Documentaries, photographs and a "full service" performance tent were on display at France's first festival for sex workers. Photo: AFP
The Paris “Snap!” festival's militant approach sought to increase political visibility for prostitutes with exhibitions and performances with titles such as “Whores and Feminists” and “Sex Work Is Work”.
“We are trying to create our own discourse as artists and sex workers,” said Marianne Chargois, whose documentary “Empower” tackles the precarious lives and discrimination faced by three prostitutes.
“Self-proclaimed specialists constantly make laws on our behalf and want to 'save us' from our activities as sex workers.”
A French law in April 2016 introduced harsher penalties for clients of prostitutes of up to 1,500 euros ($1,700) and more than double that amount in the case of repeat offenders.
“This law has lowered the income of sex workers and increased the violence against them,” said Thierry Schaffauser, a spokesperson for Strass, the sex workers union and one of the organisers of the festival in Point Ephemere, north Paris.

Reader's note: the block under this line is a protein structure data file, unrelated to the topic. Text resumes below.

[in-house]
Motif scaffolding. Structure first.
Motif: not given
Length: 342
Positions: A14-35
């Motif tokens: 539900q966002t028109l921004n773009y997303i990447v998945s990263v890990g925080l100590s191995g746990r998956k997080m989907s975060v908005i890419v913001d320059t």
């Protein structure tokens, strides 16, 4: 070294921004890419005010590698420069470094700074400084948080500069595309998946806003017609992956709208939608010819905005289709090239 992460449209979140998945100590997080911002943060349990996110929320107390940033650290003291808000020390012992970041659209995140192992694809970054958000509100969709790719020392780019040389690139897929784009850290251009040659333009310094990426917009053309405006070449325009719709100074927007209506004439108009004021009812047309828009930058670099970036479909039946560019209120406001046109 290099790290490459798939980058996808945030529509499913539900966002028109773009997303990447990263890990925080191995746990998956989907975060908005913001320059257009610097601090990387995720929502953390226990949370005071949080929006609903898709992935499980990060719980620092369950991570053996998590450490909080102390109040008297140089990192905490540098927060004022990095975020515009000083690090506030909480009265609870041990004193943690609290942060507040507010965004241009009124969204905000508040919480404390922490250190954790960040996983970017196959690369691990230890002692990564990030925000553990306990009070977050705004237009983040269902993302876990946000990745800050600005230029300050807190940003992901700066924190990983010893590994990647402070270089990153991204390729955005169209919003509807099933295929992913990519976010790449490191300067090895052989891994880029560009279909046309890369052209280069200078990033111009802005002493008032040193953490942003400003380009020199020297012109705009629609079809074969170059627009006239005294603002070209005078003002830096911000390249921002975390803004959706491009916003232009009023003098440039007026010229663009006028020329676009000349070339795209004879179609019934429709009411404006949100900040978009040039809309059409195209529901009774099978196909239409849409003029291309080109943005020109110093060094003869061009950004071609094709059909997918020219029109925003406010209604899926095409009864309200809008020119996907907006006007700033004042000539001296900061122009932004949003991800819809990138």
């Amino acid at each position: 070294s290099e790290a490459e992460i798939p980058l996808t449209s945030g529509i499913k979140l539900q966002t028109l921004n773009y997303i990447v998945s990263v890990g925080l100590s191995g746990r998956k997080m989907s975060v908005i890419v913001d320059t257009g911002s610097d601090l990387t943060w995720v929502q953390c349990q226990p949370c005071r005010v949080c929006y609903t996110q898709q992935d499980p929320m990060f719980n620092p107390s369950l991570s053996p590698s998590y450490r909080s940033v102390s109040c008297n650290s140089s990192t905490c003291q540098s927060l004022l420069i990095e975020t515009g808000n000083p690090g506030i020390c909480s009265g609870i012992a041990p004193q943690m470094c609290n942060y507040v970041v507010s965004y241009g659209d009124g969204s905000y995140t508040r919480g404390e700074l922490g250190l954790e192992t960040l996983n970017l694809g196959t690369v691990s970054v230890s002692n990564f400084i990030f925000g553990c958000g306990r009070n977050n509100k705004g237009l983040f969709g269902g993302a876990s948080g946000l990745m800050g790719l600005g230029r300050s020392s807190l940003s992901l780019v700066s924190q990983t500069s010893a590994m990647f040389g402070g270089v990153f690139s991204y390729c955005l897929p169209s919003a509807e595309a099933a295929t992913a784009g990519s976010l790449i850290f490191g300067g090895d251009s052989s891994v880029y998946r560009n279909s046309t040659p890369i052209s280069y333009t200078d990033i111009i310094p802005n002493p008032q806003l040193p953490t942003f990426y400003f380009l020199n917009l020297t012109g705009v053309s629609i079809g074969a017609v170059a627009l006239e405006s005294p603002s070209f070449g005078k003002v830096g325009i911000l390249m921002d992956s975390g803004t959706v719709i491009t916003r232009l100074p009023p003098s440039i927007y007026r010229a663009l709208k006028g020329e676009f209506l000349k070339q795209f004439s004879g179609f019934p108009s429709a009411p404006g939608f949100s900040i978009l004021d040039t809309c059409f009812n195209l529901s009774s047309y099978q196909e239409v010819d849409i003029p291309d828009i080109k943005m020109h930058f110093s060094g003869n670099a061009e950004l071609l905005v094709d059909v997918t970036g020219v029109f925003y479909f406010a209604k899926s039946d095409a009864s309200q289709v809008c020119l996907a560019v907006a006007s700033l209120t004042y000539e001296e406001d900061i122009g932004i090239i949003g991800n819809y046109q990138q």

Violence against sex workers made headlines in France in August when transgender sex worker Vanesa Campos was killed in Paris's Bois de Boulogne.
Schaffauser said the law had forced sex workers to meet clients in more isolated places away from police where they are more exposed to attacks.
“As long as there is no decriminalisation of sex work, nothing will change,” said Maia Izzo-Foulquier, curator of the photo exhibition at the festival.
Strass and other associations and sex workers have filed an appeal questioning the law's constitutionality. The request will be examined on Monday.
But beyond legal questions, the festival also reflected on the nature of sex as work.
Swiss performer Daniel Hellmann set up his tent at the festival entrance with a sign promising “full service”.
“It can range from fellatio to writing a poem or some spiritual advice. We agree in advance on the price and the delivery of service,” he said.
“The idea is to question our relationship to work, and I am not talking about only sex work.”
“Talking about sex work makes us more visible said Mia, a sex worker from western France. “This festival shows we are not just sex machines.”